I changed my starting technique, now stacking up behind some of the boats at the favored end of the line. It was helpful to see them in front of me so I could point parallel with them and keep the good speed. I was middle of the fleet at the first mark and then had a run in the mid to upper 30 mph range but lost the laminar flow at the bottom mark. Must remember to overstand the mark more. Once the flow is gone the advice is to go to weather to reacquire it and then bear off and go fast!



    The safety at sea seminar, another step in preparation for the upcoming transatlantic race. one more thing checked off the list.

    I managed to catch the presentation of the as built model of “Carina” by robert and Jonathan Nye to the New York Yacht Club. A memory of the legacy of “Carina” and the Nye family.




    santana 3 20 15  63689


    santana 3 20 15  63692santana 3 20 15  63689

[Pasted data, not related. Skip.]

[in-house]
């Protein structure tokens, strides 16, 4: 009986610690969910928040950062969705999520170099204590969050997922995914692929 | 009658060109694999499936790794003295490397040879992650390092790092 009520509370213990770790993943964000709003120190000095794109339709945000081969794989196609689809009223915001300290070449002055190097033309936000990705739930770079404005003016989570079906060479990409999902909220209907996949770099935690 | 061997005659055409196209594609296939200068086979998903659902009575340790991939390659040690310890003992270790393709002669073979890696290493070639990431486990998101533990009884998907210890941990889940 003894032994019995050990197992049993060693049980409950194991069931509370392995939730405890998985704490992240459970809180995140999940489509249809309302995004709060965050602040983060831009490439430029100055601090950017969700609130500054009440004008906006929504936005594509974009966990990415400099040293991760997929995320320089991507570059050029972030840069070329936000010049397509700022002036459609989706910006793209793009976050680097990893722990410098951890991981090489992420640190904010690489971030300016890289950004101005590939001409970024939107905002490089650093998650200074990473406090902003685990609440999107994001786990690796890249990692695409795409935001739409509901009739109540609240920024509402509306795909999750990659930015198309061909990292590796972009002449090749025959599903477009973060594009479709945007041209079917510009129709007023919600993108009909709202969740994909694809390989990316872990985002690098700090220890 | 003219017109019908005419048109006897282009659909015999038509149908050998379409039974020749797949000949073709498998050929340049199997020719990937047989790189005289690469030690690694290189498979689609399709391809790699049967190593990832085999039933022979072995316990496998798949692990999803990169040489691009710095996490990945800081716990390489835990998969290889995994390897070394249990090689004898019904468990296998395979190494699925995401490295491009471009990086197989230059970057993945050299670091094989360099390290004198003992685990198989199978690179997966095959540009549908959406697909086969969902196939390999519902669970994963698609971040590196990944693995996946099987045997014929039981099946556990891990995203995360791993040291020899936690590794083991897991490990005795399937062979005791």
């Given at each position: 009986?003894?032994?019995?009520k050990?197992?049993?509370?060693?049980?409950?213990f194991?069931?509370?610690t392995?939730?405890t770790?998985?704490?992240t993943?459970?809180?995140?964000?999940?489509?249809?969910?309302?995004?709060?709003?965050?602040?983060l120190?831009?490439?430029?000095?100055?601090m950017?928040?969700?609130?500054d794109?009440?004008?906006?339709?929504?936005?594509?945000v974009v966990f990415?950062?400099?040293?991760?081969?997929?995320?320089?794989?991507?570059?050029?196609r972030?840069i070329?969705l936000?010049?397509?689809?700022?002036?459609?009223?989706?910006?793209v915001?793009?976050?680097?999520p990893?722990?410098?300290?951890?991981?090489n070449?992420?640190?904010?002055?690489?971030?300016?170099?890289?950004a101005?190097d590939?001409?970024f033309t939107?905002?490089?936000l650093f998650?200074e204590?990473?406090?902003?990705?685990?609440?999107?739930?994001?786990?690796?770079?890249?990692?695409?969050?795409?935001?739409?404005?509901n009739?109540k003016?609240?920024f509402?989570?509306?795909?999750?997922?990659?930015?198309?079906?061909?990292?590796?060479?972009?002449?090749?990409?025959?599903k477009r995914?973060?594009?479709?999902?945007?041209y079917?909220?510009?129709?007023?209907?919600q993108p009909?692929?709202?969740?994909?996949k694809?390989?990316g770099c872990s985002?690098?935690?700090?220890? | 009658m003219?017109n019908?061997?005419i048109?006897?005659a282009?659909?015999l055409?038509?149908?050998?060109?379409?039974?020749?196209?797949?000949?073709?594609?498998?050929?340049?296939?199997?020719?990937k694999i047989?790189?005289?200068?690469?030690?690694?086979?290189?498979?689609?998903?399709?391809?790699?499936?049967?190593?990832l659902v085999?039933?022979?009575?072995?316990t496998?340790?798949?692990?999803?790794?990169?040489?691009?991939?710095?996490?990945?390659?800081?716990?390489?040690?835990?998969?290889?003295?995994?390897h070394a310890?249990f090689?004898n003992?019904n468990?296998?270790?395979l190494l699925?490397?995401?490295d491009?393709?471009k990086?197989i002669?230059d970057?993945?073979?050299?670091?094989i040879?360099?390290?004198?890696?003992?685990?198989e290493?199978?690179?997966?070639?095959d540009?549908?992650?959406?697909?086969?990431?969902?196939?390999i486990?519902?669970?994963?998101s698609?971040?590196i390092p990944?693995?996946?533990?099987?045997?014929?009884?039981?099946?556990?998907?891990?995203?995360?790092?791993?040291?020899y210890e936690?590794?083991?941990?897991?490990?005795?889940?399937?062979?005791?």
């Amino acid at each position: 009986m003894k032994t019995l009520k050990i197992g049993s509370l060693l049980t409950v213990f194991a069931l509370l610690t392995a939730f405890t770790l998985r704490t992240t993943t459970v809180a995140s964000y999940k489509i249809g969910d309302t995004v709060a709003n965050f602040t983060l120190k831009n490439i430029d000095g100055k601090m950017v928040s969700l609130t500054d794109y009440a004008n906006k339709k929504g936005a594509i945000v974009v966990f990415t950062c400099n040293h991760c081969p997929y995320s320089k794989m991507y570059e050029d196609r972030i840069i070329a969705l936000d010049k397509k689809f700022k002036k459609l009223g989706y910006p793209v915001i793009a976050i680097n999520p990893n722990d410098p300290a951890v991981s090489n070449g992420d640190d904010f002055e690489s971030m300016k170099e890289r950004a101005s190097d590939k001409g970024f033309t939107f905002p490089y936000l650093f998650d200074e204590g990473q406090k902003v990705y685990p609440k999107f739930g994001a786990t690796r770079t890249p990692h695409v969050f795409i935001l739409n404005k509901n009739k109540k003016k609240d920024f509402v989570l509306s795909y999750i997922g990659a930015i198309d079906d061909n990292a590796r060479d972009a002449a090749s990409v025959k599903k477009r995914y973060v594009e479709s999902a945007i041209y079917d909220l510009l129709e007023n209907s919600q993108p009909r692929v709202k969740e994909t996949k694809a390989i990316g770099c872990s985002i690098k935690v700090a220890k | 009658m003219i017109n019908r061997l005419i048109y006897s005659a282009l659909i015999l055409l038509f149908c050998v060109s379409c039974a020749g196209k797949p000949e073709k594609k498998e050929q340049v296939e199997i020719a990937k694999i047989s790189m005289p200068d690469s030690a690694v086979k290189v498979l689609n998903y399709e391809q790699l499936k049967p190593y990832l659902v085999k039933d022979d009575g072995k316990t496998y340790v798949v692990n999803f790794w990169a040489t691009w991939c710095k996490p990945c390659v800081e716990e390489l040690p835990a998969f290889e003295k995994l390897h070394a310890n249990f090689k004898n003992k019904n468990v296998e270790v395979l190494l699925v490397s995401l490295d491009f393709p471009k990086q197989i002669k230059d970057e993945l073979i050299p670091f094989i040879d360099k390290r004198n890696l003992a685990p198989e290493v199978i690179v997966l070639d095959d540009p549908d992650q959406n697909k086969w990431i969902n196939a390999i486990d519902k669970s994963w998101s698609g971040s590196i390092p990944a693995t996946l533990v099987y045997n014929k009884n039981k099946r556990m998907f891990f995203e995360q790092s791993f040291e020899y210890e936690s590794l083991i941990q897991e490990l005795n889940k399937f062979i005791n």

‘Bogie’s Boat’ to be restored

    Portsmouth company will spend the next 18 months working on Humphrey Bogart’s former boat

    PORTSMOUTH — A 55-foot schooner known affectionately as “Bogie’s Boat” after its former owner, the late movie star Humphrey Bogart, arrived recently in Melville for a complete refit and restoration.

    The yacht built in 1935 arrived at Loughborough Marine Interests LLC about three weeks ago after being hauled by truck in a custom-built cradle from San Francisco.

    “We will be embarking on a huge refit and restoration of the yacht starting next month,” said Joseph Loughborough, owner of the company. “We basically have to take the boat apart and rebuild it stick by stick.”

    Getting the contract for the restoration of the yacht, which Bogart named Santana, is very exciting because it is so historically significant, Loughborough said.

    The owners of the boat surveyed it in California to find faults but they missed a lot of things that need replacing, he said.